From the onset their relationship was a strange one, even in the world of airlines. JetBlue and American Airlines were both using each other a bit to feed specific routes and specific markets while one tried to grow and the other to not shrink too much. And in that sense the partnership was arguably tremendously successful. Alas, it is now set to terminate at the end of the month. As of 1 April 2014 JetBlue and American Airlines will no longer offer interline service nor reciprocal frequent flyer points earning on select flights from the other carrier.
Just over a year ago JetBlue CEO David Barger was quoted as saying he hoped the merger would expand the relationship between the two airlines.
But clearly, we look forward to deepening and expanding the relationship with American Airlines and we’ll see how that plays out as we move into, call it the third quarter into the fourth quarter , based on the news that was put forth a couple of weeks ago.
It is not entirely clear where that hope came from, but it is now officially dashed; there will be no more partnership between the two.
When the interline agreement was originally announced in 2010 it was all about feeding passengers on to each others flights at JFK and Boston. American also gave JetBlue some landing slots as part of the deal, essentially conceding that JetBlue was better able to draw local passengers in to JFK from some domestic markets and that a portion of those would connect onward to international service offered by American. The deal was very limited, covering only a couple dozen routes, essentially those where the two carriers had no overlap. Frequent flyer reciprocity wasn’t even part of the original offering; that took another 8 months to develop and implement.
Today JetBlue has grown at JFK and American no longer has long-haul service at Boston. JetBlue is launching new routes from Washington National (DCA) using slots they acquired from American in order to compete on routes with the new American (currently both Charleston and Hartford are served by US Airways). JetBlue is competing more on transcon routes with American thanks to their Mint premium offering. And JetBlue now has several other interline partners for international feed which they did not have at the time the American deal was signed. Some of these even include codeshares, a deeper level of integration JetBlue and American never realized.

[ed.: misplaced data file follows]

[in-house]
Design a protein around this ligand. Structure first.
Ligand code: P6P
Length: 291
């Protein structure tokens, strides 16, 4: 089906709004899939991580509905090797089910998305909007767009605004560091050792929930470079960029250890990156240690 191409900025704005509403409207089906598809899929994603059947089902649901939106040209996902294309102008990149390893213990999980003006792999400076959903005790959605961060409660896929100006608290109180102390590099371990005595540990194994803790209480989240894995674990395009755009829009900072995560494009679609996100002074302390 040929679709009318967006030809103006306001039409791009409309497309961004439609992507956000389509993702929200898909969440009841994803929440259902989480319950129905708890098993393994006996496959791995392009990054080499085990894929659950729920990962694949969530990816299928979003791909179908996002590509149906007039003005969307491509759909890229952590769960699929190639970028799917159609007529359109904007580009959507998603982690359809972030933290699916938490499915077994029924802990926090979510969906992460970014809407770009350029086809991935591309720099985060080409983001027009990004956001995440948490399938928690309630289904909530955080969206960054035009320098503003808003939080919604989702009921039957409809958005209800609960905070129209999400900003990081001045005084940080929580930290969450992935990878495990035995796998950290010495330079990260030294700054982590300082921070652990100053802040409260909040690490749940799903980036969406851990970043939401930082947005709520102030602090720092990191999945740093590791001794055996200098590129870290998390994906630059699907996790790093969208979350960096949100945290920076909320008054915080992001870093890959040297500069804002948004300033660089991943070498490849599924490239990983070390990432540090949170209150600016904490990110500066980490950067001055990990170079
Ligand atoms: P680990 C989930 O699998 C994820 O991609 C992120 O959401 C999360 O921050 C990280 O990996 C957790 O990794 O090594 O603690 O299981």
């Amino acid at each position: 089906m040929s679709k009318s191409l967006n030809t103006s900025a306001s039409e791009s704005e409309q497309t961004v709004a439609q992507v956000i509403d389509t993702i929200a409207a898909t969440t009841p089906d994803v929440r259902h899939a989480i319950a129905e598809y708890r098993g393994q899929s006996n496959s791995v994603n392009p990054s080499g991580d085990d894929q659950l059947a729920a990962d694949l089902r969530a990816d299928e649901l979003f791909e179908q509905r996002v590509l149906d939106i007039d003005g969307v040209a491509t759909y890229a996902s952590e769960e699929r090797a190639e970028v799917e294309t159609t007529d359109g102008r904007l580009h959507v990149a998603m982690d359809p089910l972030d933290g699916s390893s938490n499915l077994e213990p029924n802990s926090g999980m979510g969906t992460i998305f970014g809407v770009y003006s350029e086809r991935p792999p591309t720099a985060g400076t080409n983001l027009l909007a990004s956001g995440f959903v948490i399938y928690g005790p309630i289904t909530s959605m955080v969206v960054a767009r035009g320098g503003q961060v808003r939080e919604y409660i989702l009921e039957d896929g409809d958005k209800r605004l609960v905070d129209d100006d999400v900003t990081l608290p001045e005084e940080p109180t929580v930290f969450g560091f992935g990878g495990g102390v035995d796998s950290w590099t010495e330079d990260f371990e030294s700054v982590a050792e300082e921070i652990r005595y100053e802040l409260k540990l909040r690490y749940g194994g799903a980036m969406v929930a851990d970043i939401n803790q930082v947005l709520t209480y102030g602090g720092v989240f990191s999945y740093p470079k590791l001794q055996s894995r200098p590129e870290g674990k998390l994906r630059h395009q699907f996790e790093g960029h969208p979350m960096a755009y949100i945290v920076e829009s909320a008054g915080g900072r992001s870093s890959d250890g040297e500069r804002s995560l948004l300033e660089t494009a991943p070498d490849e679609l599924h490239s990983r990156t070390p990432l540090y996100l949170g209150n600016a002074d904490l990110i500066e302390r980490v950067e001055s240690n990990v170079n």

At the same time the integration of US Airways into the American route map essentially fills the major holes in the southeastern United States which JetBlue was feeding into American’s operations in New York. The feed will still require an extra connection in many cases, but that’s something American figures its customers will deal with. Or those passengers can be routed via Philadelphia without the extra hop, leaving the NYC market for the generally higher yielding O/D traffic.
It is hard to see this move as anything even remotely close to surprising.
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